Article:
Published: June 8th 2006May 5th 2006
Jeeeeeez, kid... smile!
One of my volunteer assignments has involved working with an organization called Tong-Len. It's a non-profit organization which provides education and medical support for the families that live in a slum camp here in Dharamsala. The slum camp is named "Charan," and is home to immigrants from Rajistan and Maharashtra, two distinct states in India (the state I am in is called "Himachal Pradesh.")
Tong-Len has set up two children's schools in Charan, which we affectionately call "The Big School" and "The Nursery School." Essentially they are two large tents smack in the middle of all the other make-shift tents in the slum camp. The Nursery School holds classes for the youngest children (I think between ages 3 and 5) while The Big School accomodates everyone else (kids between ages 6 and 12 - all in one class.) I work at The Big School as the art teacher and as an assistant teacher/lion-tamer for the Hindi class.
Every week, myself and the other volunteer teachers need to come up with new projects to engage the children. Here are some of the projects we've done so far:
* Making animals out of pipe-cleaners. The pipe-cleaners were truly a blessing.
Collette in Charan
My lovely assistant Collette will now line up the children to show off their newly made puppets. Then she'll saw one in half.
I searched high and low for them to no avail, and then one day they practically fell out of the sky and into my lap. As rays of light surrounded me, a booming voice from the sky proclaimed, "David, here are the materials for tomorrow's art project!" I answered, "Very good, my Lord! Shall I seek the Grail next week?"
* Leaf-rubbings using crayons. Ever put a plant leaf under a piece of paper and rub a crayon over the paper to get the colored texture of the leaf underneath? That's what we did. Some of the children loved this and got very creative with what they could do with the leaves (making flowers or animals out of the leaf shapes.) Other kids got bored of it really quickly, so we had to come up with some new diversions fast! We started passing out whatever objects we could get a hold of to the children for crayon-rubbing: coins, measuring sticks, pocket calculators, even cell phones and credit cards. Yes, we got the credit cards back... eventually. When that got boring, I taught some of the students how to draw turkeys by tracing their hands (like I did around Thanksgiving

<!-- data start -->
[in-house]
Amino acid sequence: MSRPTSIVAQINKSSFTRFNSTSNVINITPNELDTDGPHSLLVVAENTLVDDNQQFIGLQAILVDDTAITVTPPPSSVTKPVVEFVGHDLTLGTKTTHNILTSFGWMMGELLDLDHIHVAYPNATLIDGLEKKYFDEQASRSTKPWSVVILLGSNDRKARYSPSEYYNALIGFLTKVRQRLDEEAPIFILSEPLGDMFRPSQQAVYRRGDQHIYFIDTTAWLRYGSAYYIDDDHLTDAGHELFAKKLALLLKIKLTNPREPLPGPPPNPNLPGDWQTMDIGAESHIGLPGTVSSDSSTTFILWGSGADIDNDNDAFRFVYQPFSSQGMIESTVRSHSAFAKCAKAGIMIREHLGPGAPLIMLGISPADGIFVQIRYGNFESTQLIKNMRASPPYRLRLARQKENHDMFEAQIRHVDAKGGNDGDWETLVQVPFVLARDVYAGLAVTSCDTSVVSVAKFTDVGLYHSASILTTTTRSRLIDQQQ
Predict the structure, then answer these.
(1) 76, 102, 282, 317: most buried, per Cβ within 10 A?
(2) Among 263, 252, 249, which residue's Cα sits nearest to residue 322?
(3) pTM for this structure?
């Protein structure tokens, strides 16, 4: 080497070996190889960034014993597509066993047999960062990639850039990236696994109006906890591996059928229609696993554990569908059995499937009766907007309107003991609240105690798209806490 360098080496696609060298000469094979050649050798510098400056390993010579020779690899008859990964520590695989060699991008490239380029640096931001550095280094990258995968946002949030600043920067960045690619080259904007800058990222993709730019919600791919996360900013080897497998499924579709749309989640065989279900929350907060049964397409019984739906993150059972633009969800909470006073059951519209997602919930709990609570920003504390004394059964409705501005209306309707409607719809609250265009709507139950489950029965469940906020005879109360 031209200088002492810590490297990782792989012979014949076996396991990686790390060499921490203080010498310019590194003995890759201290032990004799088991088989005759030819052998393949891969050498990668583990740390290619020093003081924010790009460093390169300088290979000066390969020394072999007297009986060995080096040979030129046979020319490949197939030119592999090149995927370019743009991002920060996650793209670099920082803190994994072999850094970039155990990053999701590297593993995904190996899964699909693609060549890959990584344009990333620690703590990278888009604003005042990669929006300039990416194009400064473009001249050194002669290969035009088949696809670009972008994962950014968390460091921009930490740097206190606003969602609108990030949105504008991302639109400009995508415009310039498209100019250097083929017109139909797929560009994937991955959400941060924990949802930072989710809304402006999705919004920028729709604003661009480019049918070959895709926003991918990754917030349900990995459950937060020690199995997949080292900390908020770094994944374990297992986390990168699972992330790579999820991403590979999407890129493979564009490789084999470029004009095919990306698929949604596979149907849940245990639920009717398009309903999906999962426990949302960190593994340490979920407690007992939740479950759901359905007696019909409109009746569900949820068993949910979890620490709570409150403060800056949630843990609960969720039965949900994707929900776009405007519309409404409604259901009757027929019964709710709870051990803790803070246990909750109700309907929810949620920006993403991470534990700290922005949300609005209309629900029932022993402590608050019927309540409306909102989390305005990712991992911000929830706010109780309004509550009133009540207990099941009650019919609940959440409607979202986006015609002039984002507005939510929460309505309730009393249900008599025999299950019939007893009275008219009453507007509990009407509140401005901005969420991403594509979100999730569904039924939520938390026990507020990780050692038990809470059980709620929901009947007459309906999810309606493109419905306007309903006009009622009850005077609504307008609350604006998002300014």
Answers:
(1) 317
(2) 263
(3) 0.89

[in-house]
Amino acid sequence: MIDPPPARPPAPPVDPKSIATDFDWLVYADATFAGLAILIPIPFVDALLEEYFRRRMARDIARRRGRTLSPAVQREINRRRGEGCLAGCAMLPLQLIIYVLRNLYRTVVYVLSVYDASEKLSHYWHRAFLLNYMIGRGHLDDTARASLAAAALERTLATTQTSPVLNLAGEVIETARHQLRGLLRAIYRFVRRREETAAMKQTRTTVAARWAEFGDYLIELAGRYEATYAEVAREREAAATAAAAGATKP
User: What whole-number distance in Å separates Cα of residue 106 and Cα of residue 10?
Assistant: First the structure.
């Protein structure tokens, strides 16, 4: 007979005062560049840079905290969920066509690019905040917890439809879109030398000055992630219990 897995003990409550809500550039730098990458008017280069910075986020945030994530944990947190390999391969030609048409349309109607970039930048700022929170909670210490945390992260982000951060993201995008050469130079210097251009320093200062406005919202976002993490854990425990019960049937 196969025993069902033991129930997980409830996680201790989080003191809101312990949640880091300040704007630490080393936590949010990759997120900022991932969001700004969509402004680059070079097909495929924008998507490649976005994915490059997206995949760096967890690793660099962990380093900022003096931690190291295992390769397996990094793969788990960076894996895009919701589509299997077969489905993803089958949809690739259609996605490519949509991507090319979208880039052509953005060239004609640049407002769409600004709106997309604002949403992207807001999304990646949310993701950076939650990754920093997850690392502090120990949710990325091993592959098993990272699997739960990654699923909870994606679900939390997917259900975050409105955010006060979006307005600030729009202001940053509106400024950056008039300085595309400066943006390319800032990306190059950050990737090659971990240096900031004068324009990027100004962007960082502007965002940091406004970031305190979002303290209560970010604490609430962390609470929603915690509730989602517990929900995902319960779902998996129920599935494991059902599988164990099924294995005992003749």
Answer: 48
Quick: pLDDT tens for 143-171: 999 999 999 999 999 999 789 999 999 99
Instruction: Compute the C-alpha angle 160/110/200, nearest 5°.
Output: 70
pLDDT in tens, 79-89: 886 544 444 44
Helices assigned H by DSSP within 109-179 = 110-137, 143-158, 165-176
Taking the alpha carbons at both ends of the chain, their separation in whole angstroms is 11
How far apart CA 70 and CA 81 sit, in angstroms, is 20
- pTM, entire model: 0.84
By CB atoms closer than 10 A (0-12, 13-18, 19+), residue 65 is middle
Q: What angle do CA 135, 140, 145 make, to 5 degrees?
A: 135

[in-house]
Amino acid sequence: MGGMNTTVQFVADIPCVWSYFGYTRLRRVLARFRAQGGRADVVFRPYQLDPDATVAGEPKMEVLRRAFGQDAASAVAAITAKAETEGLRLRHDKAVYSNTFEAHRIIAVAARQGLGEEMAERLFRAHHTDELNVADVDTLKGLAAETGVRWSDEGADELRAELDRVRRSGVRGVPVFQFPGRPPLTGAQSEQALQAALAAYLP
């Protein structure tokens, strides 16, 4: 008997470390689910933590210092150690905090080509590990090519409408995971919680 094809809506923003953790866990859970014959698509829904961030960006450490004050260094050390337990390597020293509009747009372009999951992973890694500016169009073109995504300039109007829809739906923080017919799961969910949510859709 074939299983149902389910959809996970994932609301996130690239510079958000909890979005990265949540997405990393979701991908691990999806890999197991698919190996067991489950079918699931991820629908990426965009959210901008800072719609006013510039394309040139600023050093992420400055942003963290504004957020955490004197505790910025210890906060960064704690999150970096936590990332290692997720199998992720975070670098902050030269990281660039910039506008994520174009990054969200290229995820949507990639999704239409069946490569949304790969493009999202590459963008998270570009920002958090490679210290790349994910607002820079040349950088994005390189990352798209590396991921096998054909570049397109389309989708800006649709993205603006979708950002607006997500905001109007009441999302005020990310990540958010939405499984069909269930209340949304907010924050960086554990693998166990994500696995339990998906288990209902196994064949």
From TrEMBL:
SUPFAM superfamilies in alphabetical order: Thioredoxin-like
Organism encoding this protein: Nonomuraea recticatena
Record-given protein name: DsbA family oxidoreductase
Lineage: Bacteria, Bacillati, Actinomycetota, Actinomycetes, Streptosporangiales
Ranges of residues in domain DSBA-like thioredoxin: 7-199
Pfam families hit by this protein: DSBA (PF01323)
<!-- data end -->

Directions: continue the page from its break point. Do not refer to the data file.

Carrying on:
Posing with the Puppet Theatre
they look like they belong on a rock album cover - photo courtesy of Brent Kim.
time when I was in school.) It didn't matter that none of them had probably ever seen a turkey...
* Making hand puppets out of manilla envelopes, yarn, buttons, glitter tape, markers, discarded Tibetan prayer flags, more glitter tape, and glue. These came out REALLY well. After showing the kids the puppet I created as an example (named "Dude"), they went nuts creating their own. No two puppets look alike, just like snowflakes... We've played games where we use our puppets to express different feelings and ideas. A few weeks later, some of the puppets were falling apart (suffering from pre-mature balding of their yarn hair, missing a button eye, etc...) So we dedicated one afternoon to play "puppet hospital" and repair our little friends.
* The puppets worked out so well that we decided to have an actual puppet theatre down at the school. I drafted a design (ack! the metric system!!), which was given to a local carpenter for construction. Once the theatre was built, Brent, Diane (another Tong-Len volunteer) and myself went to work painting the bare plywood with the colors of the Indian flag, along with the help of one of the local teachers,
Leah and I rockin' it for our adoring public...
Veru (man's got the steady hands of a brain surgeon...) Afterwards, the children helped add the finishing touches by cutting out stars, hearts, moons, and other shapes out of colored cloth with their names on them, and decorating the theatre with them. So much work has gone into this theatre project, so my goal is to make this an enduring feature of the school. We plan to put on our first puppet show soon... stay tuned!
* Constructing flags out of colored paper, aluminum foil, and markers, to decorate the school with. When we were done, we lamenated them to protect the fruits of the children's creative labor from the ravages of the elements.
* Hats made from folding construction paper into different shapes and cutting designs into them. Afterwards we put on a fashion show so the kids could strut their stuff with their new hats. Check out the photos of India's future supermodels below!
The past few months I've been the only constant art teacher, aided by a revolving door of lovely assistants: first there was Collette from the U.S., then Debra (also from the U.S.), Emma from a billion different countries (just like
me), Runa from Norway, Leah from jolly old England, and finally Erica and Christina, two sisters from the States. I feel like Bob Barker sometimes.
There are more photos below